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When Grief Is Your Mirror

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I am the youngest child of four girls. My dad’s “baby girl.” We all know how special that relationship is. My dad was a super hero in my eyes. He was strong, smart, funny, a great provider and a man of faith. My dad was a pastor, father, husband, carpenter, ham radio operator, printing press manager, grandfather, plumber, mechanic, concrete artist and hero.

One day he exchanged all his skill, talent and independence for a brain tumor. It was a grade IV glioblastoma, which I described as a bomb in his brain. He was living his every day life working hard, taking care of his property, his family and his church. Then one normal Sunday our life flipped upside down when he fell out into a grand mal seizure. He finished delivering his sermon, and then let my mom take him to the emergency room where they found a brain tumor and everything changed.

He was told this cancer was very aggressive and was given three to six months to live. His faith was ever-enduring and never wavered. He had his first craniotomy, radiation and chemotherapy. He was able to fight for 14 long years. He was an incredibly strong and rare survivor. He lived his years with his sight, his right mind, but it seemed each year the cancer took just a bit more of him away. By the end he couldn’t speak, ambulate or care for himself at all really. We will never know how much pain he was truly in because he never complained. Fourteen years fighting brain cancer with multiple brain surgeries, constant treatment, doctors, hospitals, pain, suffering and he never complained.

My dad passed away at home with my mom by his side, after a month in ICU on every machine and tube one could imagine after having a bad infection and constant seizures. I am very glad he is no longer suffering this life that he was handed.

However, I am more than his youngest child grieving.

I was diagnosed with cancer seven years ago, at the age of 29. My cancer is not supposed to be aggressive. It is supposed to be one of the easiest cancers to treat. However, due to medical anomalies and genetic wonders, I will likely never be cancer free.

When I was initially told I had cancer, my first thought was, please don’t let me turn into my dad. I do carry many of my father’s characteristics, and I am proud to. However, I was terrified at the thought of following in his medical footsteps.

It didn’t happen all at once, it was a slow progression into his hospital bed with 24/7 care required. It’s a thought, a fear of mine, every day. I, too, did as much treatment as I could. I, too, have seen a plethora of specialists. I continued working for five years while battling this demon we call cancer. At the age of 34 I was forced into disability, lost all independence and found each day after the next just a bit harder than the one before.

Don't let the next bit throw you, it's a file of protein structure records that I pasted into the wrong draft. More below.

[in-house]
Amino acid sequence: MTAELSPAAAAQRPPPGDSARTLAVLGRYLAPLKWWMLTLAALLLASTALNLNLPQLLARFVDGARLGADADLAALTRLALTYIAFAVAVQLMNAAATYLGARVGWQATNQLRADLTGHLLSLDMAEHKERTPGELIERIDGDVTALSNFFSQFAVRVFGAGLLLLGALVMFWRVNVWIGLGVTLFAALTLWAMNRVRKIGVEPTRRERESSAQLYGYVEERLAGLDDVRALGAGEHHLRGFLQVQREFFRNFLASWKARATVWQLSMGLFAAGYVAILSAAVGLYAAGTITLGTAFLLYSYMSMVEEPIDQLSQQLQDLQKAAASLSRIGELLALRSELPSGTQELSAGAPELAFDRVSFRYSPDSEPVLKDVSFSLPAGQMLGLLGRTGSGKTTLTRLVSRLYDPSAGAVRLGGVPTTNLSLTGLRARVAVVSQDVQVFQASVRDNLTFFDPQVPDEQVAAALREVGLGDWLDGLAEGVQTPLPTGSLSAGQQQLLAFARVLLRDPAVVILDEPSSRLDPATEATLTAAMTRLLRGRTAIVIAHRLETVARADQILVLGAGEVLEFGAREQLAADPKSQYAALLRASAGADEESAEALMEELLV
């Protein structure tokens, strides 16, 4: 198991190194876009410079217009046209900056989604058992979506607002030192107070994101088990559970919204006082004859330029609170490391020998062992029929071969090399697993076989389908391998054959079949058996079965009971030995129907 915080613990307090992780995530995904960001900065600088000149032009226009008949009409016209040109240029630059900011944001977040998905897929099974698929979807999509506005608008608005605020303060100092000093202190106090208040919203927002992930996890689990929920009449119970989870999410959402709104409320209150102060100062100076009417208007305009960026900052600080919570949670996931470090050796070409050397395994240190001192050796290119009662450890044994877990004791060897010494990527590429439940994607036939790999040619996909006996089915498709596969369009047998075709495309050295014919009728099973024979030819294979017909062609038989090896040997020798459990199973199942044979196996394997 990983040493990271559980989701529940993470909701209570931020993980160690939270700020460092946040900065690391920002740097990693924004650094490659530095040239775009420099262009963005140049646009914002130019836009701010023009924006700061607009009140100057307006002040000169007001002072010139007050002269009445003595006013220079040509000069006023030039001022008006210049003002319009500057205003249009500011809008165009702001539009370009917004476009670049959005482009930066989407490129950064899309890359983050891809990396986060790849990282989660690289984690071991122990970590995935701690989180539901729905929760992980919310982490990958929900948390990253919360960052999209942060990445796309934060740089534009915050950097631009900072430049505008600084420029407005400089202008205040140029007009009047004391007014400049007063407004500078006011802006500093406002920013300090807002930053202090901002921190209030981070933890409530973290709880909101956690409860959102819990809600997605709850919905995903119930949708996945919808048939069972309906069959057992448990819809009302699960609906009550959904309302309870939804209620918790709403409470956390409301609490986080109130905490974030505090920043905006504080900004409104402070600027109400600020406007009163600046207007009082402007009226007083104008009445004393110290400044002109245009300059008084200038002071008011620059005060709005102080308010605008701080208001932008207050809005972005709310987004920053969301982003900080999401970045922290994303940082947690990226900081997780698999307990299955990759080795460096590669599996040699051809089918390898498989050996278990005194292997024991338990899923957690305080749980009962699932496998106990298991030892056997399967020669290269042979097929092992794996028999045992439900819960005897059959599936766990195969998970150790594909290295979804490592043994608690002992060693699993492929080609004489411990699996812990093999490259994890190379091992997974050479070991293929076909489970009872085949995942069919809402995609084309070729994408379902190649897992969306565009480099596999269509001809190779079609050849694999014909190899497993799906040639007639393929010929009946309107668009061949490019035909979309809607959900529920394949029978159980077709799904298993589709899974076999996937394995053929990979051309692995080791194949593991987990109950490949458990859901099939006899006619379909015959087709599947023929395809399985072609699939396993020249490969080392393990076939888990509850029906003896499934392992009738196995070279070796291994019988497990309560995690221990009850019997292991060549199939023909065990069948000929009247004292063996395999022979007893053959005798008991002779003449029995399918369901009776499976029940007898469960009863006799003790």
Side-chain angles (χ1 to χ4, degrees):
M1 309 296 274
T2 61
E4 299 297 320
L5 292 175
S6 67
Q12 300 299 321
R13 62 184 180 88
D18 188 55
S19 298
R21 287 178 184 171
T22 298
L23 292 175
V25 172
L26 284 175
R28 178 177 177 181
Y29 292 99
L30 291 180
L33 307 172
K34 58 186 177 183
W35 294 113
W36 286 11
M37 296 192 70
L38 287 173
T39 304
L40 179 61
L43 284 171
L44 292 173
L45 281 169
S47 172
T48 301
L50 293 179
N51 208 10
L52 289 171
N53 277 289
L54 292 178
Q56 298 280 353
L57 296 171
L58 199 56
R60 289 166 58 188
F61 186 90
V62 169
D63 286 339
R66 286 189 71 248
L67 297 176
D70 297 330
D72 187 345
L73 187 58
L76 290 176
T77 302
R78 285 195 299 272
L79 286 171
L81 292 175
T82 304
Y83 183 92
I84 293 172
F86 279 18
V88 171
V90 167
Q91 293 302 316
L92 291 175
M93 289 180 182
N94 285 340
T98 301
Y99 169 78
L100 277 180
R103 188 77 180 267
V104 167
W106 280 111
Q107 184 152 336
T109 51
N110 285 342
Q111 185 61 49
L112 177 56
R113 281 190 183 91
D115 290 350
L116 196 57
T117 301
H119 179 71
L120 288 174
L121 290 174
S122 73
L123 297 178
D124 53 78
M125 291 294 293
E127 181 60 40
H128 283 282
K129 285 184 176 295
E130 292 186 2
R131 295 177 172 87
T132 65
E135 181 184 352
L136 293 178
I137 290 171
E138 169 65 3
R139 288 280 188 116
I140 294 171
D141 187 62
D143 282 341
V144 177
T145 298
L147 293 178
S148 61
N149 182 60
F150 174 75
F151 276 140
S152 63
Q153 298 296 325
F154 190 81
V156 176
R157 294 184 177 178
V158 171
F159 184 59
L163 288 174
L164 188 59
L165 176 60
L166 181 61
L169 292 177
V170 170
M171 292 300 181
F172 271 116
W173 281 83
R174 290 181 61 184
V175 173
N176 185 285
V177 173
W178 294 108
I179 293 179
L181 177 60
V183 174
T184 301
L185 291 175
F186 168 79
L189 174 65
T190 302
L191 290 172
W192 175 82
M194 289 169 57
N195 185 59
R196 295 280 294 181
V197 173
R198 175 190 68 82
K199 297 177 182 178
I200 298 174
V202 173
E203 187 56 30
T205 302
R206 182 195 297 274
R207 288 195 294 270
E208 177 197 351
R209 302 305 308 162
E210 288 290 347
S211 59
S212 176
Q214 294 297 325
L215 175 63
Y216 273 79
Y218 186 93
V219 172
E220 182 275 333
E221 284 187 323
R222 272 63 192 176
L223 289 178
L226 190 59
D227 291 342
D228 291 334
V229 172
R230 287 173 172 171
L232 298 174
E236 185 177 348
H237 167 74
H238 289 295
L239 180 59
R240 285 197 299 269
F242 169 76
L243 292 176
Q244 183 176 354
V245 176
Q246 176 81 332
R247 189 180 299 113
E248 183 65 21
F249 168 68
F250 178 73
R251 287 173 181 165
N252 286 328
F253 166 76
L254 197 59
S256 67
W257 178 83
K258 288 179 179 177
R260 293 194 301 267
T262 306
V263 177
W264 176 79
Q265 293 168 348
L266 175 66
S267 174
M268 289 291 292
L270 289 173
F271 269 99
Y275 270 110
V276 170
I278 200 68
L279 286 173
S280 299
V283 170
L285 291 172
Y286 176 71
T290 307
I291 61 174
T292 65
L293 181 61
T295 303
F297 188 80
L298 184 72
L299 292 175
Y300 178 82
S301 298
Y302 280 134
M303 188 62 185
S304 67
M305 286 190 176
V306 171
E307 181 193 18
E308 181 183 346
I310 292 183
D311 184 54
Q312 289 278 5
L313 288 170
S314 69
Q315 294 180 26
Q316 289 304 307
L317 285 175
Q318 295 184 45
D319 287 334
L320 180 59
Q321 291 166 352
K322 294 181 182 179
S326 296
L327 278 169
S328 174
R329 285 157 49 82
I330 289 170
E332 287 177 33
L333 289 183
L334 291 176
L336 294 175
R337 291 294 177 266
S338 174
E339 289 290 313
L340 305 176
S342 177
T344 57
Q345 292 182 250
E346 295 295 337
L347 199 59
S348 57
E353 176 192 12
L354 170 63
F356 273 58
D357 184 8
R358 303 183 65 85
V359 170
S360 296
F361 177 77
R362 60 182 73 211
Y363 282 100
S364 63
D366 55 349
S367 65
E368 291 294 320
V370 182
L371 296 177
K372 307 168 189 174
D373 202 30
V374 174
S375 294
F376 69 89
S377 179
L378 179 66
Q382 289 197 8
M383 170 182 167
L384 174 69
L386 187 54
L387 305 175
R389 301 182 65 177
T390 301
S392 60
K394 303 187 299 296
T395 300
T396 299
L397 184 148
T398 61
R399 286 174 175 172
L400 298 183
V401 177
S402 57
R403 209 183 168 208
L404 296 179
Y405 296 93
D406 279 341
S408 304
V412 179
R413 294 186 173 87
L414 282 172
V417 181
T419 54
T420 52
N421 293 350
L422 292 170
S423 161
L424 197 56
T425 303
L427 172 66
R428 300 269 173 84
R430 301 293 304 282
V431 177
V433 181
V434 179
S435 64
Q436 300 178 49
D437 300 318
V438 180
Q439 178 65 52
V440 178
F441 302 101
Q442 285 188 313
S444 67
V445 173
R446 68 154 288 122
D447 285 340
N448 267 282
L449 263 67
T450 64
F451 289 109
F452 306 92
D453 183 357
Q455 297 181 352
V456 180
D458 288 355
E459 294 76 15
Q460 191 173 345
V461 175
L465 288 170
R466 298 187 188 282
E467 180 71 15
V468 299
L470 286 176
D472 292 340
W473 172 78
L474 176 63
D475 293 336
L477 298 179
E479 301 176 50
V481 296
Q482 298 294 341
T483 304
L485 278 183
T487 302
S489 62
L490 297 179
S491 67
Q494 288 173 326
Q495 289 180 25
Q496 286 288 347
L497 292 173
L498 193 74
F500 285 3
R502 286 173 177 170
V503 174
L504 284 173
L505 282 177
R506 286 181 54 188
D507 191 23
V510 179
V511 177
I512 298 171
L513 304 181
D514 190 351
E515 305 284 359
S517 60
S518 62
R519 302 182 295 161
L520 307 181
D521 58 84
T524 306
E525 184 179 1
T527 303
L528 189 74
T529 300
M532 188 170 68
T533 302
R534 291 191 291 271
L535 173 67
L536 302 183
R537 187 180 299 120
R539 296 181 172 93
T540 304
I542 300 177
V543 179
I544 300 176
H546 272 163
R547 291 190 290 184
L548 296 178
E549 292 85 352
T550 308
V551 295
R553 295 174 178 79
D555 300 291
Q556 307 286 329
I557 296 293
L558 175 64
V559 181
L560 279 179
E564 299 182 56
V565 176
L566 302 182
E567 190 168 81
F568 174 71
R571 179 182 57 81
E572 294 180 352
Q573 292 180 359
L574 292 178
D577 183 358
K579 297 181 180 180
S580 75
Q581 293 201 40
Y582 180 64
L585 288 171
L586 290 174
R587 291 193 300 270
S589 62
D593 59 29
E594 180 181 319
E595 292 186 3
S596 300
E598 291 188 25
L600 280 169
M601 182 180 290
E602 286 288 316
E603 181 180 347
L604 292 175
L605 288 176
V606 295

When I was able to visit my dad, I would need to pull over to have a breakdown in my car on the side of the road because it hurt me and scared me to see my once strong invincible dad deteriorating before my eyes. Each time the fear burning inside me got a little bigger, because there were so many similarities in our stories. I had a much different cancer and a much different journey. Yet, it didn’t matter how hard I fought against it, I kept losing little pieces of myself as well. I was watching a horrible car crash slowly taking place and all I had to do was look in my dads hospital bed to see the end result; the last page of the book, the end of the movie…I had already seen it played out over a decade and a half.

I don’t think anyone around me appreciates the fact that I am not only grieving my dad’s death. I am grieving the person I was and terrified of just exactly how much more of myself I will lose in my future. I am not trying to compete with their grief, I just don’t think they could understand the different perspective, even if they were to try. There is a large lack of any support system, because I am now in a boat of one. Even after my dad stopped talking, I felt a strong connection. I knew we were both walking the same path. I miss him dearly and I miss not being alone in this journey. We were our own support system without having to say a word.

I can only hope to be anything near the person and fighter that my dad was, while also hoping I will not suffer for near as long as he did.

I hope he is finally resting in peace now that his days in suffering are done. I remain, but will do my best to make him proud of me in the days I have ahead.

In memory of Monty G. Carman 12/1955 – 05/2019, the most courageous warrior I have ever known.

Photo credit: Oksana_Bondar/Getty Images

Originally published: September 27, 2019
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